Explainer: Why does the UK PM's Brexit speech in Florence matter?

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Prime Minister Theresa May’s speech in Florence today is expected to be her biggest announcement on Brexit since January, when she committed to leaving the single market.

She is attempting to break the deadlock in negotiations with the European Union after three previous rounds of talks in which little has been agreed.

According to the BBC, one minister said May plans on making an “open and generous offer” in her speech. However, another cabinet minister has warned against the UK offering too much money to the EU, saying, “it’s our only leverage.”

Time is running out

The timespan for a Brexit deal is two years. The UK now has 18 months left to negotiate a deal with the EU after May triggered Article 50 in March.

However, European Chief Negotiator for Brexit Michel Barnier, has said the Article 50 deal will have to be negotiated by October 2018 to give the European Parliament time to vote on it. This would leave the UK with 12 months left to agree on its divorce bill which the EU says must be settled before it will negotiate citizen’s rights, trade agreements and law and immigration policies.

After three rounds of monthly talks the UK is yet to agree on this.

If, after the two year period for Brexit, no deal is reached the UK will automatically revert to World Trade Organisation (WTO) trading rules. This would mean the UK would have to pay tariffs on goods and services it exported into the EU. Economist from the Centre for European Reform John Springford estimates these costs would range from 2.2 percent to 9 percent of UK GDP.

Take back control

Theresa May’s Brexit speech has significance beyond the EU. What she says will potentially split her cabinet, which is already divided on the UK’s relationship with the EU.

May’s Conservative Party lost its majority in June after deciding to call a snap election and Foreign Secretary Boris Johnson recently published a 4,000-word article promoting a hard Brexit. Some commentators say she needs to set out her own position and get her cabinet and party to unify behind a vision.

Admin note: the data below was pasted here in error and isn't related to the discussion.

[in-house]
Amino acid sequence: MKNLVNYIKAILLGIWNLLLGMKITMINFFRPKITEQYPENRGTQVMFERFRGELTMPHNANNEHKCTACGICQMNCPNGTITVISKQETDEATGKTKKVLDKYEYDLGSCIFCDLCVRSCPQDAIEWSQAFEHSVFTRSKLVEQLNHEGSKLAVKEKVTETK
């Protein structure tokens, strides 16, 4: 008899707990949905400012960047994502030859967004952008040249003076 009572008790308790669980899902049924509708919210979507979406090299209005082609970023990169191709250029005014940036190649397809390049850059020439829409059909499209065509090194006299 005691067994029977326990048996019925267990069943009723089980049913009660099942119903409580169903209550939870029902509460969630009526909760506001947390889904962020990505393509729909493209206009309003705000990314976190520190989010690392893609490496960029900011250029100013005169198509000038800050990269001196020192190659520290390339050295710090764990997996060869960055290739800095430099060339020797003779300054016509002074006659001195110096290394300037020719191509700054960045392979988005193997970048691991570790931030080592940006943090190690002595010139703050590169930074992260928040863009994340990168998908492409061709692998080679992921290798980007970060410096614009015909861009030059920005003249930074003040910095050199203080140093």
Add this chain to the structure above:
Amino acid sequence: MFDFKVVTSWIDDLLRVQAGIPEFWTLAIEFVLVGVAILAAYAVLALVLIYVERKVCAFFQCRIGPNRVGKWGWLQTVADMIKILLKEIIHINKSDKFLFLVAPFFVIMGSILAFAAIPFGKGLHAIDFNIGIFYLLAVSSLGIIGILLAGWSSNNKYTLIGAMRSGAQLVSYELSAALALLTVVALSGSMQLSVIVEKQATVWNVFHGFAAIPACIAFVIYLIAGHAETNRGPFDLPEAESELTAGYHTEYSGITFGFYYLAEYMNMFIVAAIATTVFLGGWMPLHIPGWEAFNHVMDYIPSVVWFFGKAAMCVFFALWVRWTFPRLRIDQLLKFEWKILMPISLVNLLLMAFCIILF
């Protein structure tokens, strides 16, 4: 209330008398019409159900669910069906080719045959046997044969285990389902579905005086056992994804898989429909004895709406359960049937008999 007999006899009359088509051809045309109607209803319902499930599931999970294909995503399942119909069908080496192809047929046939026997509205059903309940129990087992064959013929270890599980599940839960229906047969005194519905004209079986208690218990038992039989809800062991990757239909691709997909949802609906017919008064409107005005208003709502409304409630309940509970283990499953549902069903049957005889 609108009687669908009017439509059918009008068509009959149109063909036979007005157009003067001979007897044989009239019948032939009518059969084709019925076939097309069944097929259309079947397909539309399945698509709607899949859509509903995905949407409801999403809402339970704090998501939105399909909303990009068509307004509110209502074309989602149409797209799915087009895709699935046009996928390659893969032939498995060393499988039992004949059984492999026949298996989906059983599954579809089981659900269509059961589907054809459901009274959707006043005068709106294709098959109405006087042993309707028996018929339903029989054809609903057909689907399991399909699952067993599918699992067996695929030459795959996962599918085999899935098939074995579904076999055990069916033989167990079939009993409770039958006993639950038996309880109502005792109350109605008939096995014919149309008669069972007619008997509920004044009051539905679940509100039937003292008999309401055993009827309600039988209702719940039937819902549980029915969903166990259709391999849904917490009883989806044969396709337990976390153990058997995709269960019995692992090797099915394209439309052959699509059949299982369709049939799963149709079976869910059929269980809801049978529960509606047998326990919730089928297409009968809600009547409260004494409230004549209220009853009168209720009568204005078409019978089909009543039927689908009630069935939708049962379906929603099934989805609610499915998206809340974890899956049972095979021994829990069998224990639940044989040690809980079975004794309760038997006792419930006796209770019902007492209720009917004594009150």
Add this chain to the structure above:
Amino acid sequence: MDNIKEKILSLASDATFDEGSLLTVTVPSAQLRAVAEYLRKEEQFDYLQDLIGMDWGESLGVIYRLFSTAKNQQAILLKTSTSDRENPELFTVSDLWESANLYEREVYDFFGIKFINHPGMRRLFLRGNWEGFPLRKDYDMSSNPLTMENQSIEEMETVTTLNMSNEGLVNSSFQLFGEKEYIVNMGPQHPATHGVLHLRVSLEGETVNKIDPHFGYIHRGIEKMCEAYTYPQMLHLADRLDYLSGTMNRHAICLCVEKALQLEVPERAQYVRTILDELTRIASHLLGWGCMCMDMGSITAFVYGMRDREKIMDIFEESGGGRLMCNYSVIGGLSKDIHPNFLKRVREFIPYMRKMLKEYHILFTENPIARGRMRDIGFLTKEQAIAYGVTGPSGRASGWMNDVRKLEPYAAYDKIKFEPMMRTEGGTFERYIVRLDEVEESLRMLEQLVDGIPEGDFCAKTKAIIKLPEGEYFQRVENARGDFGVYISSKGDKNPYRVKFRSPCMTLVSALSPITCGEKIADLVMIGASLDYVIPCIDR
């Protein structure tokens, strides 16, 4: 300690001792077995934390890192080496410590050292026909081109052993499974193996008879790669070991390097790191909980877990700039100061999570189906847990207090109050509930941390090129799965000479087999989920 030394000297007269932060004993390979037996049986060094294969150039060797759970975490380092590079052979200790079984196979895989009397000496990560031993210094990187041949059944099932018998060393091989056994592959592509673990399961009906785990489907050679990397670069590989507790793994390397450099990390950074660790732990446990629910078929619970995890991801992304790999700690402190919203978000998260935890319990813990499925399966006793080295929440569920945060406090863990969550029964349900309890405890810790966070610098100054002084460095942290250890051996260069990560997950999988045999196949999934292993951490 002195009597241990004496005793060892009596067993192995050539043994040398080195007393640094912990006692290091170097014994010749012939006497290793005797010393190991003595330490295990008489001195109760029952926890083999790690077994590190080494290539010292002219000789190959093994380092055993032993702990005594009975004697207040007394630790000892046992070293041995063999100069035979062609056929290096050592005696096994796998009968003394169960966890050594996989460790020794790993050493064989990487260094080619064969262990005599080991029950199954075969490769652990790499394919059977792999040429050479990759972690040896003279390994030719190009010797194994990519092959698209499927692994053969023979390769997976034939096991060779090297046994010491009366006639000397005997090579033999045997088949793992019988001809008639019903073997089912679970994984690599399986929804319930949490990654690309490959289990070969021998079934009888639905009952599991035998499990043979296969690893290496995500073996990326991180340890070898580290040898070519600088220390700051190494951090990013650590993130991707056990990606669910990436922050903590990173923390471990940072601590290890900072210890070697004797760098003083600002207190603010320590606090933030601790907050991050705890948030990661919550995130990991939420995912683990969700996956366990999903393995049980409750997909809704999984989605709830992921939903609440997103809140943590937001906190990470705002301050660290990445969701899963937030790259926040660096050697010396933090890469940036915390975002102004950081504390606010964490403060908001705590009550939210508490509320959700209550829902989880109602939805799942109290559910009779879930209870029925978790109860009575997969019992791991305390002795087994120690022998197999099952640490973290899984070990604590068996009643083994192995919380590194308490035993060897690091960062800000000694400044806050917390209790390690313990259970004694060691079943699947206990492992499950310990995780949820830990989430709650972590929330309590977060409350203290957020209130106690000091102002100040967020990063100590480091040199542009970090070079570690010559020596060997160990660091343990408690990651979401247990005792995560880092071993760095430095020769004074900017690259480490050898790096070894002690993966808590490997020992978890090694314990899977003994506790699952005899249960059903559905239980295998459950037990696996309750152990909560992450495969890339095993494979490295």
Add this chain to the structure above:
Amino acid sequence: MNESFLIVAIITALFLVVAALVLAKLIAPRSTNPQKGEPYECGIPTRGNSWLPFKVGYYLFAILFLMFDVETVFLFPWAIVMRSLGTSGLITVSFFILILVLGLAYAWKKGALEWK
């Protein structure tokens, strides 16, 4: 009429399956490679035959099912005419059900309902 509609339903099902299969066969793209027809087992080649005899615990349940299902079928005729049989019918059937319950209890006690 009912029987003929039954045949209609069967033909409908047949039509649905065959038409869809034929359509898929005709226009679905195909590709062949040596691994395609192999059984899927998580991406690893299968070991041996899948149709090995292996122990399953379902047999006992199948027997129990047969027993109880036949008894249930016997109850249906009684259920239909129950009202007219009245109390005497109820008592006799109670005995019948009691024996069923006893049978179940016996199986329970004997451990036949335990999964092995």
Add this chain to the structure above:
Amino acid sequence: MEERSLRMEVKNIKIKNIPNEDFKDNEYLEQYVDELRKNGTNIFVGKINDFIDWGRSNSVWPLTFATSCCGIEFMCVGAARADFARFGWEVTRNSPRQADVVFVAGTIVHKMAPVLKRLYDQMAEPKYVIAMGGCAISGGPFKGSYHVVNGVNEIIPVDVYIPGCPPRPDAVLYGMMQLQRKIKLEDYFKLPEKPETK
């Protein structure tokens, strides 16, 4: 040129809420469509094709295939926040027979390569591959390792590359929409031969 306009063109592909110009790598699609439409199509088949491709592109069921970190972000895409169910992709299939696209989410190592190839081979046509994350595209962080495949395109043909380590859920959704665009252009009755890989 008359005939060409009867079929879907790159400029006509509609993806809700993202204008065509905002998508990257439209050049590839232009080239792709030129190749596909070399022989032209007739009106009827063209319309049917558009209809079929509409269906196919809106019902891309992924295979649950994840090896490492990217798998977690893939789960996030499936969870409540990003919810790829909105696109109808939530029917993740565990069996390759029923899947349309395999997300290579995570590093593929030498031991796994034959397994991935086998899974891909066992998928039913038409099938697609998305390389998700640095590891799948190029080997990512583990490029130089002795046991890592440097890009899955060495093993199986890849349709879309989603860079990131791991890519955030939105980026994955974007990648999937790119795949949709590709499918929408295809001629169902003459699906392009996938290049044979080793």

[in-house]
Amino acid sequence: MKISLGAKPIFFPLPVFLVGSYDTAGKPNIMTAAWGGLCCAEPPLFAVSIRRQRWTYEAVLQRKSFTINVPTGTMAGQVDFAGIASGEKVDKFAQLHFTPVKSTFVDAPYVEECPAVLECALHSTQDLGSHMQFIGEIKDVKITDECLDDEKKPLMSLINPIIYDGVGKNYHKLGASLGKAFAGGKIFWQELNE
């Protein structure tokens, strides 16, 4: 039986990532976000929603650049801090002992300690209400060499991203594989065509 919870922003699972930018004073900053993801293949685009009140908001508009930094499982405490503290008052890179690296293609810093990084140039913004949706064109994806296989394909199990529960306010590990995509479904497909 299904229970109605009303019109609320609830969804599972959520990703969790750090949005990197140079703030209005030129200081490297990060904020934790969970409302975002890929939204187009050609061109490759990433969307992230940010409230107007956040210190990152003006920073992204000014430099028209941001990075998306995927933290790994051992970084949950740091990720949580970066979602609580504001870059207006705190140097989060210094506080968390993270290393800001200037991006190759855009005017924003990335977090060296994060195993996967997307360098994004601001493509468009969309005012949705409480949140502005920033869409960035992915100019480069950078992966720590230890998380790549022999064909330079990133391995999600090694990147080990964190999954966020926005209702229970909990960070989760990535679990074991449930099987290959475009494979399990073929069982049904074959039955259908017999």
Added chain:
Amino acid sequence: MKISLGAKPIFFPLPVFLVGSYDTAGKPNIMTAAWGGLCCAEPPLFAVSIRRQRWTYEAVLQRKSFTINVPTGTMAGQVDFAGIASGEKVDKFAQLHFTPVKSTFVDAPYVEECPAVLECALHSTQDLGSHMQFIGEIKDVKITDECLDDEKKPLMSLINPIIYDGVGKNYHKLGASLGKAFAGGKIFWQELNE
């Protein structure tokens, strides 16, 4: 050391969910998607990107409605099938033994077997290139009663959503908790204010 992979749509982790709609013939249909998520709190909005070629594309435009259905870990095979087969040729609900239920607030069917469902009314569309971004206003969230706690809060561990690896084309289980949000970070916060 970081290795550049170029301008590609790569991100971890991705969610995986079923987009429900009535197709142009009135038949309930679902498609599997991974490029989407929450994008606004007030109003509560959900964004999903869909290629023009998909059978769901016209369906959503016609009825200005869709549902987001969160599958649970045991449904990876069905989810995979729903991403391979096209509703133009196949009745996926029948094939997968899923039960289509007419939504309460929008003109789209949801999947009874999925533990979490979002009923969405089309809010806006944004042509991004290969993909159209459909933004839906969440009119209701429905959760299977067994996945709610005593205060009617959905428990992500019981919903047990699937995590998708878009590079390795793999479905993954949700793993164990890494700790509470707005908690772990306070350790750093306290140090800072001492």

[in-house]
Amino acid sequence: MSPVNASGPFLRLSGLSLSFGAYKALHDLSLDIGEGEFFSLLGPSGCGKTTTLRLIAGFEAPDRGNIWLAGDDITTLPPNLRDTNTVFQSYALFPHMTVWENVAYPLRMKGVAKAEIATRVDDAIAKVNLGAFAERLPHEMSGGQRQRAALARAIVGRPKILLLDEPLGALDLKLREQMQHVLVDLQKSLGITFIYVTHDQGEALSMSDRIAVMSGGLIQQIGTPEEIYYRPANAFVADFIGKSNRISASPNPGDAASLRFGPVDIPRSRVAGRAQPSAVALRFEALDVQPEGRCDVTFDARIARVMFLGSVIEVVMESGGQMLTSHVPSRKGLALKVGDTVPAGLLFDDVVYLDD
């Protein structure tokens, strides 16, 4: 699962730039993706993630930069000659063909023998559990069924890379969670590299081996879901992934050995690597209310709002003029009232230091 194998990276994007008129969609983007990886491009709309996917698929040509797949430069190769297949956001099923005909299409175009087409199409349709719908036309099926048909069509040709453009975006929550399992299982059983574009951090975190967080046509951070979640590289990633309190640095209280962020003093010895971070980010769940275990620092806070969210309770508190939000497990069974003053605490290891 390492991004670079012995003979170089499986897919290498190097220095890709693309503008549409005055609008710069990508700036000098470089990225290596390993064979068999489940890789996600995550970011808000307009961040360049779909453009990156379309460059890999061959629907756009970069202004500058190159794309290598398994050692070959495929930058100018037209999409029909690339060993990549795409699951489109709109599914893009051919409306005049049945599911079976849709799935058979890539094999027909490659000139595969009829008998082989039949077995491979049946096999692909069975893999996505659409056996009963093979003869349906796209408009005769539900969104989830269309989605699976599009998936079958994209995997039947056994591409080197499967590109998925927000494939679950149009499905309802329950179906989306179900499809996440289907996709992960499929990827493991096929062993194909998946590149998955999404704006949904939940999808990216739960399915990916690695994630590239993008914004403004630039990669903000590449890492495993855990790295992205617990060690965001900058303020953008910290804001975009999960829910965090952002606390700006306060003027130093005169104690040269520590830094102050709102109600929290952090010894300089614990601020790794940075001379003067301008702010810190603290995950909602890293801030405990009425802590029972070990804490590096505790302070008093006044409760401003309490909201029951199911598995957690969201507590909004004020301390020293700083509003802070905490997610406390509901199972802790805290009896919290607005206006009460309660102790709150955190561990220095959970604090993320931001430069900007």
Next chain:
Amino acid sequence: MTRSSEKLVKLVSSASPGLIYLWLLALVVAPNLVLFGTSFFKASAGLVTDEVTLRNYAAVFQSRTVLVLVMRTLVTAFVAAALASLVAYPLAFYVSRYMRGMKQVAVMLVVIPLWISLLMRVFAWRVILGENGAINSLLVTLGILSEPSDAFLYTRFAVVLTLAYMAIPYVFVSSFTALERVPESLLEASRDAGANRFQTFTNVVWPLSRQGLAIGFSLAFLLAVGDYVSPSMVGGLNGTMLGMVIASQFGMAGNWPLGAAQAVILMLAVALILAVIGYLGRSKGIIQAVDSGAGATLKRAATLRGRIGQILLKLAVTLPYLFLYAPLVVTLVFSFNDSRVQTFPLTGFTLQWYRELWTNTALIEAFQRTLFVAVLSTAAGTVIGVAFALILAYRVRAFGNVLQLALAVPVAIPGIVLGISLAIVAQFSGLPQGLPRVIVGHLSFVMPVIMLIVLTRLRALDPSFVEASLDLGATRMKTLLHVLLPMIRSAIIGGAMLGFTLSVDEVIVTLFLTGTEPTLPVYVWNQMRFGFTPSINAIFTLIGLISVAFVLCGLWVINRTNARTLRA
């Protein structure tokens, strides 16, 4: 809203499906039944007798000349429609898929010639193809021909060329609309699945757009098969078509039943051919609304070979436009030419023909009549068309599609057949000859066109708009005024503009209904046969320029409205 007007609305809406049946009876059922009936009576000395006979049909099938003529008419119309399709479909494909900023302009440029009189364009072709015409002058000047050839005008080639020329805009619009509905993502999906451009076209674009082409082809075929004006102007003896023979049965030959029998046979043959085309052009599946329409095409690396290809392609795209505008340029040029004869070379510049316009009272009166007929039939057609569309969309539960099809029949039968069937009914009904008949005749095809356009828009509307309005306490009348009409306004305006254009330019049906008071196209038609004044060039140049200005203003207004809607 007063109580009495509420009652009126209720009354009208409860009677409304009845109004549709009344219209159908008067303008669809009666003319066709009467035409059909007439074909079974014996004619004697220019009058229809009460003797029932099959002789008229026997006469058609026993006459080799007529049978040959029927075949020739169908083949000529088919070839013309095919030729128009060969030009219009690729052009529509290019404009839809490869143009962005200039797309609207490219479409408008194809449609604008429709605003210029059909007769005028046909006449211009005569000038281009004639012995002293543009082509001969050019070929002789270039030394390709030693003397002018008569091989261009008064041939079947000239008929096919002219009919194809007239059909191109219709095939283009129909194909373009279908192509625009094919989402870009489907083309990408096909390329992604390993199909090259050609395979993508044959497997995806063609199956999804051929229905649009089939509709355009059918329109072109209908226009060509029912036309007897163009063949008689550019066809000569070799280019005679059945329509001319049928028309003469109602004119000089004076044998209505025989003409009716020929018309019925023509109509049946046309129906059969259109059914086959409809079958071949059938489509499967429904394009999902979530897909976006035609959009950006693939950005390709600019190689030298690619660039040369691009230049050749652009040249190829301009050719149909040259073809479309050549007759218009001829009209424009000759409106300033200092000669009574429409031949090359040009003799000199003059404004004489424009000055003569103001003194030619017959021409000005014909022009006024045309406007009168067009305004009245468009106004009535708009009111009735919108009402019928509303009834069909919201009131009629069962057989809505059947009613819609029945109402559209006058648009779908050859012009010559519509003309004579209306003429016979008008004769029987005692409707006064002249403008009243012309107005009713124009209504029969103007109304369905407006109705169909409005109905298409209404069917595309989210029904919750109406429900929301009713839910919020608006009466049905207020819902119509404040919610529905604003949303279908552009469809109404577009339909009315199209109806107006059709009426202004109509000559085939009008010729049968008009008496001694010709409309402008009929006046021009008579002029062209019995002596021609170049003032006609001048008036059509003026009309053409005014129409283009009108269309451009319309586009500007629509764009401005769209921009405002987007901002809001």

Why the EU cares

If the UK left the EU without paying anything towards a divorce bill it would leave a £20bn black hole in its budget, according to the BBC’s political editor. Although it seems unlikely the EU would agree to this, as it gets closer to the UK leaving the EU, it will want confirmation that the UK at least intends to contribute something towards the bill.

Clarification for the public and opposition

So far May has refused to clarify the kind of deal she is after. Just a few days ago in Canada she said she wanted a “bespoke” deal. She has said the UK will no longer be in the single market (which eliminates tariffs on goods) but she still wants frictionless trade and an end to freedom of movement (the ability for EU citizens to move freely between EU countries) – something the EU has said is not possible.

She recently declined an invitation from the President of the European Parliament, Antonio Tajanito, to publicly address the elected European representatives of Parliament.

Pressure is mounting on May to clarify her government’s position after the Labour Party has said it wants to stay in the single market and customs union for a transitional period.

May’s former co-chief of staff, Nick Timothy, says nobody should expect an “immediate breakthrough.”

“In public, the Europeans will be surly. Expect negative briefing from the commission, sarcasm from Guy Verhofstadt, and a polite but not positive reply from Michel Barnier and Jean-Claude Juncker.

“Offering to pay an exit bill … should prompt further talks that will get the negotiators to stage two.”

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